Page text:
By Barney Blakeney
Contractors last month broke ground on construction for a new library in the East Cooper community. And the construction of four others soon should begin as well. Voters in November approved $108.5 million for the new libraries and renovation to 13 others. Minority business and employment advocates say the activity represents great opportunities. Charleston County Councilman Teddie Pryor has made a personal commitment to insure minority businesses get a fair share of the economic opportunity.
The $108.5 million plan includes construction or renovation of 19 buildings throughout the county. Five new libraries would be constructed – two in areas of rapid growth (the East Cooper/Carolina Park and West Ashley/Bees Ferry Road areas) and three to replace outdated facilities (the Cooper River Memorial Branch in North Charleston and the James Island and St. Paul’s/Hollywood branches). A total of 13 existing libraries will be renovated.
Pryor said $80 million -$90 million has been allocated for the construction. The county is mandating 25-30 percent of contracts be awarded to minority businesses. And he insists many of those awards should be prime contract awards. That’s where the money is, he said. In the past minority contract goals were satisfied by awarding minority businesses subcontracts for painting, putting up drywall or landscaping, he said. On this project county officials are demanding that project managers let prime contracts to minority firms. “If they don’t, we’re going to pull the plug,” Pryor warned.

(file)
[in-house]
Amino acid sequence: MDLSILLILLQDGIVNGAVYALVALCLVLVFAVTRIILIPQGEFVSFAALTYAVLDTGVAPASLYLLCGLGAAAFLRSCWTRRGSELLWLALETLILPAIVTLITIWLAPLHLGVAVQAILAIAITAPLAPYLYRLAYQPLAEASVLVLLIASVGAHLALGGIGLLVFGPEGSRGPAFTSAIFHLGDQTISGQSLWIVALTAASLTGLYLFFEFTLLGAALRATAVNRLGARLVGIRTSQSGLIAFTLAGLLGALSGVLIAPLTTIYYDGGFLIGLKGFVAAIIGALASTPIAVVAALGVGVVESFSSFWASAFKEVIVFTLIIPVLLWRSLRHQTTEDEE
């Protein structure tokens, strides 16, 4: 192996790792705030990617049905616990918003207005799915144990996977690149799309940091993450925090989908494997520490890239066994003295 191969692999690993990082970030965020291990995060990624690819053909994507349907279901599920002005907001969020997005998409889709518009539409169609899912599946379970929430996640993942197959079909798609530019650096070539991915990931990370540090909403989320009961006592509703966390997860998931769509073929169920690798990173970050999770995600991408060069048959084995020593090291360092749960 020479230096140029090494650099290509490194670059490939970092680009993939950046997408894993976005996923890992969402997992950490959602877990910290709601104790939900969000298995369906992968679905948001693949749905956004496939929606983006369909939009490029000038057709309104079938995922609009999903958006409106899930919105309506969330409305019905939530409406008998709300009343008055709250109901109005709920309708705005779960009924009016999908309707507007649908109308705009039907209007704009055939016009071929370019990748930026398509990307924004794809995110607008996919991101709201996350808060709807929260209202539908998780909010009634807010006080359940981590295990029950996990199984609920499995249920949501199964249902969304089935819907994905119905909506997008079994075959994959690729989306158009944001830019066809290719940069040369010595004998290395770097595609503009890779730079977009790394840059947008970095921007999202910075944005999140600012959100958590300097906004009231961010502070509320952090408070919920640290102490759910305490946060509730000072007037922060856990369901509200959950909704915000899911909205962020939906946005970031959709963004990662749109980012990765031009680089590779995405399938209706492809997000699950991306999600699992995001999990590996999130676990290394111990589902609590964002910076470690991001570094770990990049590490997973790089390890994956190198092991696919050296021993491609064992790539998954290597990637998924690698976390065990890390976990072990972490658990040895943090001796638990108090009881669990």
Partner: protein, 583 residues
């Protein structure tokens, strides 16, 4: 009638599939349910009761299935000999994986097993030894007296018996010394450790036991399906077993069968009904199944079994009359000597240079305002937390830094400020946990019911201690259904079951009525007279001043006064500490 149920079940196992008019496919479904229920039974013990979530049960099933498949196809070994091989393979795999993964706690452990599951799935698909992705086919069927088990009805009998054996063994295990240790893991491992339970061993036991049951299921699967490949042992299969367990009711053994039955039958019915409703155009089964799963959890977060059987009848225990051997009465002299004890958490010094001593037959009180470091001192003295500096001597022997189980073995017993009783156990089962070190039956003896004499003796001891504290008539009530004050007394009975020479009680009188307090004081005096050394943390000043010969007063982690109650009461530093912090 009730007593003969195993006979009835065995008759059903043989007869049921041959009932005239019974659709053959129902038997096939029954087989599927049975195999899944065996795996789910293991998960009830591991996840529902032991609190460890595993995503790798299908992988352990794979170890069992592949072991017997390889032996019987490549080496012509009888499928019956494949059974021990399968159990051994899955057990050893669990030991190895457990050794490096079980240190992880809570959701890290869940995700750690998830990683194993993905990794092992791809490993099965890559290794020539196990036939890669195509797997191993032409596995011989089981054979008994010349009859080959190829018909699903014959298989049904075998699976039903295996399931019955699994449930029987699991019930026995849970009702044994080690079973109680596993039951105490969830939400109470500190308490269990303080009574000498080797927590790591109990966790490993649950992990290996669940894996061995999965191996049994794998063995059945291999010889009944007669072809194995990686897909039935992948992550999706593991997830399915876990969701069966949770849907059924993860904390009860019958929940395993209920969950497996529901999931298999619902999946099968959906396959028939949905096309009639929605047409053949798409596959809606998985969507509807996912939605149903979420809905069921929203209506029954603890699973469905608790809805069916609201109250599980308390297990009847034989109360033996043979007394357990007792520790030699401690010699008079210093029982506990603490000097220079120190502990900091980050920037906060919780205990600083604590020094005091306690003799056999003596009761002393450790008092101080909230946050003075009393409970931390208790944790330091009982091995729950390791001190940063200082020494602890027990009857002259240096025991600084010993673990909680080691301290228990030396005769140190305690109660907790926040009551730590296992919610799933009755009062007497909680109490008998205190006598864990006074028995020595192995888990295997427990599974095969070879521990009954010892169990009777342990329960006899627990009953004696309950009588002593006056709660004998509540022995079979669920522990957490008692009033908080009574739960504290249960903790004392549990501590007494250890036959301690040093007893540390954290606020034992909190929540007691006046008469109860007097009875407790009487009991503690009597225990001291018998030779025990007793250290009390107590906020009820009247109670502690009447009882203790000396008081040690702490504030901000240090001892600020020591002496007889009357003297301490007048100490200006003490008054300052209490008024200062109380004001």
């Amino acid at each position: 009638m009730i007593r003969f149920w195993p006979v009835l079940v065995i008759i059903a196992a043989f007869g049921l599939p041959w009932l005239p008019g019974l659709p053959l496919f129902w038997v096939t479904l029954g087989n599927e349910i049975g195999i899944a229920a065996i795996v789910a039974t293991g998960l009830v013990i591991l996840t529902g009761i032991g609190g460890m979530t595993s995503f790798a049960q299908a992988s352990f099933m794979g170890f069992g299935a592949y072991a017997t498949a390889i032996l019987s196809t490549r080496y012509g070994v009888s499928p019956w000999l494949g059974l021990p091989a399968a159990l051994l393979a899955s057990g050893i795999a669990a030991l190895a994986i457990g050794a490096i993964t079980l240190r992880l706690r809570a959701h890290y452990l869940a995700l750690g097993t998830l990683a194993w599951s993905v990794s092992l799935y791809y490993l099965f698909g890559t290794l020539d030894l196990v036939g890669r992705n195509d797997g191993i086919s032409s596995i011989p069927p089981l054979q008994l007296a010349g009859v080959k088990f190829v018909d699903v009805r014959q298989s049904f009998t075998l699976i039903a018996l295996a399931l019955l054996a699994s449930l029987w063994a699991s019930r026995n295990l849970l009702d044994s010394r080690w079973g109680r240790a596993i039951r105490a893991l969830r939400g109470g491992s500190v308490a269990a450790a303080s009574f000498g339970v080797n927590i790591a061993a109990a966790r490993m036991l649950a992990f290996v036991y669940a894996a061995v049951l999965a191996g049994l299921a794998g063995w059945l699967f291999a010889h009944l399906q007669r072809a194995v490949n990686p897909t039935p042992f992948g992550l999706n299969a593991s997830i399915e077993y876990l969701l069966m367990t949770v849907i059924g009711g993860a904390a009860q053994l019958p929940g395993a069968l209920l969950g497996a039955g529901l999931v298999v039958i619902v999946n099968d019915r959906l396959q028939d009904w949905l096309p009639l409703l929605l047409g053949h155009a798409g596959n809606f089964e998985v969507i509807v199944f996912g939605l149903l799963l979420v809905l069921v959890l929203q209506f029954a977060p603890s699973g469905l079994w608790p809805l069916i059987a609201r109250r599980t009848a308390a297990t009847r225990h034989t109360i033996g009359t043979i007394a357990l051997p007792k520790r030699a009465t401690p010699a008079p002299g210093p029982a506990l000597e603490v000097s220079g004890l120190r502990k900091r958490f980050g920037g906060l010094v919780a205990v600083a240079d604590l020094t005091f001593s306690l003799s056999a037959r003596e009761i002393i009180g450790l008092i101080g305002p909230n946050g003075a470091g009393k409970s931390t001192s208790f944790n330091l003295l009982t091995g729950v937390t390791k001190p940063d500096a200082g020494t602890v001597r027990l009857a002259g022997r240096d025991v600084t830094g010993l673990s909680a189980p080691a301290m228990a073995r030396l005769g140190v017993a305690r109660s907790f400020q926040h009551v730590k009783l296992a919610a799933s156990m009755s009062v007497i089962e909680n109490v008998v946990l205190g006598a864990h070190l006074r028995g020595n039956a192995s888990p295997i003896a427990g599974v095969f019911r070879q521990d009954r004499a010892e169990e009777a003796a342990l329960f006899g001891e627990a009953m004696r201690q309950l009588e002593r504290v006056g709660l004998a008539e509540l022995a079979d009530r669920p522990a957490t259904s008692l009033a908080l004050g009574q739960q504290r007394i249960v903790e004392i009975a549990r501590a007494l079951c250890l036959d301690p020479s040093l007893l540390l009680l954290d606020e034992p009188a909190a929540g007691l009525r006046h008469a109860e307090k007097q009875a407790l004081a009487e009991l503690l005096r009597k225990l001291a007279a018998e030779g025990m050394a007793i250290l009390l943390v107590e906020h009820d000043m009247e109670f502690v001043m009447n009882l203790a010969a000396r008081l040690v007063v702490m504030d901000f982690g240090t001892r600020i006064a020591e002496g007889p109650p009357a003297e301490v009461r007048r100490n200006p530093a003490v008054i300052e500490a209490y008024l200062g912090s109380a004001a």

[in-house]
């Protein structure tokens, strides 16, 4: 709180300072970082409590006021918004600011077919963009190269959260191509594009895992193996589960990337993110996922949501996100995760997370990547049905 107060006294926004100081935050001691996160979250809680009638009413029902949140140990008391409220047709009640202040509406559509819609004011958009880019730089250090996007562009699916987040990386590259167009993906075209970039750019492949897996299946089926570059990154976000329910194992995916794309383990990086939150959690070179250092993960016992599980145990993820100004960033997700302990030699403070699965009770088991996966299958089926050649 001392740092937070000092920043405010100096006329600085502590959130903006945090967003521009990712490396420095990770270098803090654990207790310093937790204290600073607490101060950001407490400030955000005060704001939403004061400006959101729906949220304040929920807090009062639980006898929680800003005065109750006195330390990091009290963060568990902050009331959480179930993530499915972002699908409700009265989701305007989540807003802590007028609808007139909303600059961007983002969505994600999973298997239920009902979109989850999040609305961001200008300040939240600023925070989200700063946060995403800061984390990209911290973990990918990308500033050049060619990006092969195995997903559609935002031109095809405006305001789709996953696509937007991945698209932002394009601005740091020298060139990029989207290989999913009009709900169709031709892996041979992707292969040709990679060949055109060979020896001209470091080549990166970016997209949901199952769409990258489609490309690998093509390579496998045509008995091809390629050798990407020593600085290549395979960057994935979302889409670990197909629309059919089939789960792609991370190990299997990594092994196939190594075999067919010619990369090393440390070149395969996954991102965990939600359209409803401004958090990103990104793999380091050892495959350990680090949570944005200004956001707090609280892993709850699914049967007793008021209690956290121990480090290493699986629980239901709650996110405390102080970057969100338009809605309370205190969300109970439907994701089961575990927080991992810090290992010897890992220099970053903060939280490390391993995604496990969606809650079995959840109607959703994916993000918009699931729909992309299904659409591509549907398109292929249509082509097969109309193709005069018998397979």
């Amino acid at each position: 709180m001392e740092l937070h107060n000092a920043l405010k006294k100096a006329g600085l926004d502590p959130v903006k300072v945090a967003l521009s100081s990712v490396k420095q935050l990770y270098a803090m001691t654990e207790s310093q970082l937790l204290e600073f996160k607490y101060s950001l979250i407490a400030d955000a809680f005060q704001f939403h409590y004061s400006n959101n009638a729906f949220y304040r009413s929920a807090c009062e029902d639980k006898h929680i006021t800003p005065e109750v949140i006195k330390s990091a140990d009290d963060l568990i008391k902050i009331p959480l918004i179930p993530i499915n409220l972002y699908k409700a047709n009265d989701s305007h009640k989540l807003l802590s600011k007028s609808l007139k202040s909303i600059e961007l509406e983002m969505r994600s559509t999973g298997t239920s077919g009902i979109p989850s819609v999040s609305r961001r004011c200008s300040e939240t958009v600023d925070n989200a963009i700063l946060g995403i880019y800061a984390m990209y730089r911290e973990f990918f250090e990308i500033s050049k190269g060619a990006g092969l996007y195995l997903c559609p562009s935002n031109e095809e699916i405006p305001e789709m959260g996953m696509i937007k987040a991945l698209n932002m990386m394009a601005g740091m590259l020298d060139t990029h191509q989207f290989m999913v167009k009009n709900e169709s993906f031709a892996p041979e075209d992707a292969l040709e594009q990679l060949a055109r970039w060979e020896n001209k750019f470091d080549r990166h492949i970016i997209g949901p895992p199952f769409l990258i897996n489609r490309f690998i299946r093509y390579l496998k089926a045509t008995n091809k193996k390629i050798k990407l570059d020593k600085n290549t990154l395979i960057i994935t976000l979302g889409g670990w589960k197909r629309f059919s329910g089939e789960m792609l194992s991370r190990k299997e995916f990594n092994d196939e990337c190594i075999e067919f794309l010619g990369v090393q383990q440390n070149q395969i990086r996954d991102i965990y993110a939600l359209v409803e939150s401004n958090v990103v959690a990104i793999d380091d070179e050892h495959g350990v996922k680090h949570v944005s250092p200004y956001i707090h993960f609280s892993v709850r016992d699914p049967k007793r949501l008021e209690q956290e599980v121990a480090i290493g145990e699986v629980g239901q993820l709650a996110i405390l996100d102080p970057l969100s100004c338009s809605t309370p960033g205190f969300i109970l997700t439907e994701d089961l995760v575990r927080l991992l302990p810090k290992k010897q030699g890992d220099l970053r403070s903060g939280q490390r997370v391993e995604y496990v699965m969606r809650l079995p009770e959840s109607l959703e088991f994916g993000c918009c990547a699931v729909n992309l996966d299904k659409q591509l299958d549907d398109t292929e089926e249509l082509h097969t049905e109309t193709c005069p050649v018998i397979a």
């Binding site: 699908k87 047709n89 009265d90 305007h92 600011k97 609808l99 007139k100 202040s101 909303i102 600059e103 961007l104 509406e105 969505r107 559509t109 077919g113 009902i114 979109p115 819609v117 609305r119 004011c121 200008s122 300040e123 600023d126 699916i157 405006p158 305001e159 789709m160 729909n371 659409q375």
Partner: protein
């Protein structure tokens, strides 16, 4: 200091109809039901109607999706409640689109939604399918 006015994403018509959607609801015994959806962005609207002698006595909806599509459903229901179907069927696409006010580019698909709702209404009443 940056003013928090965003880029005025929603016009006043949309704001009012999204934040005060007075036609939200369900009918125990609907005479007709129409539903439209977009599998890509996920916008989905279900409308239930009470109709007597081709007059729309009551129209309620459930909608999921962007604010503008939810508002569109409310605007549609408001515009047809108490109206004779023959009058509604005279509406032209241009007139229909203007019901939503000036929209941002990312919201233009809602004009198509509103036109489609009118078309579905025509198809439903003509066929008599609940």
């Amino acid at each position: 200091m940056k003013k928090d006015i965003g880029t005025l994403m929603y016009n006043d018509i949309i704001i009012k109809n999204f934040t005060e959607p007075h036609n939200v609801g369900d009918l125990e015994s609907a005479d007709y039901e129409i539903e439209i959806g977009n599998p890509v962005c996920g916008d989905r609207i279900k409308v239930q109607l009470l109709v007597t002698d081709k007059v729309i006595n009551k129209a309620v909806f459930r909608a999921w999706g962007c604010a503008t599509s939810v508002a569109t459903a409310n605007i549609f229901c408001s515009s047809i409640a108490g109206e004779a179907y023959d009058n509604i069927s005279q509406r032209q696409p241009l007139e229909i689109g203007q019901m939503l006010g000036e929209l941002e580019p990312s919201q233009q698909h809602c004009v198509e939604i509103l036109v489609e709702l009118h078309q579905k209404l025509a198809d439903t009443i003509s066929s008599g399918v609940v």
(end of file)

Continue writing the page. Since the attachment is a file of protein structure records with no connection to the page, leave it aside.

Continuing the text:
“We’ve got minority contractors in this community who can do the work. In the past they’ve come to the workshops and bid on the projects, but didn’t get the jobs. We heard excuses from project managers who said they conducted outreach, but that they couldn’t find minority contractors.
Well, we’re tired of those excuses so we’re going to monitor the process. We know how disheartening it is when contractors take time off to attend these workshops and bid, but still don’t get work. This time we’re going to hold people’s feet to the fire. These goals are built into their contracts. If they’re not met, we’re going to stop the work.”
M.B. Kahn Construction, which has the contract to build the five new libraries, already is responding. Last week it held an information session about the new St. Paul and James Island libraries. Pryor said he’s confident the firm will meet the goals set, but he’s also going to employ the maxim ‘trust, but verify’.
Pryor noted that in addition to contract awards, contractors will be mandated to meet minority employee goals as well and to provide on-the-job training for a percentage of employees based on the amount of the contract. He defended the contract stipulations saying, “That’s how jobs and opportunities are created.
“You have not because you ask not,” Pryor quoted. The contract stipulations are a response to negligence made apparent in previous projects such as the Arthur Ravenel Jr. Bridge construction which cost about $600 million, but yielded very little economic benefit to minority businesses.
“We have to hold people accountable and you have to keep your eyes open. This same thing needs to happen on the state and federal levels. We have only three Democrats on County Council yet we were able to build these goals into the contract. That happened because we worked across the aisles. Economic opportunity is the measure of progress for minority communities. This is one way to make that progress,”” Pryor said.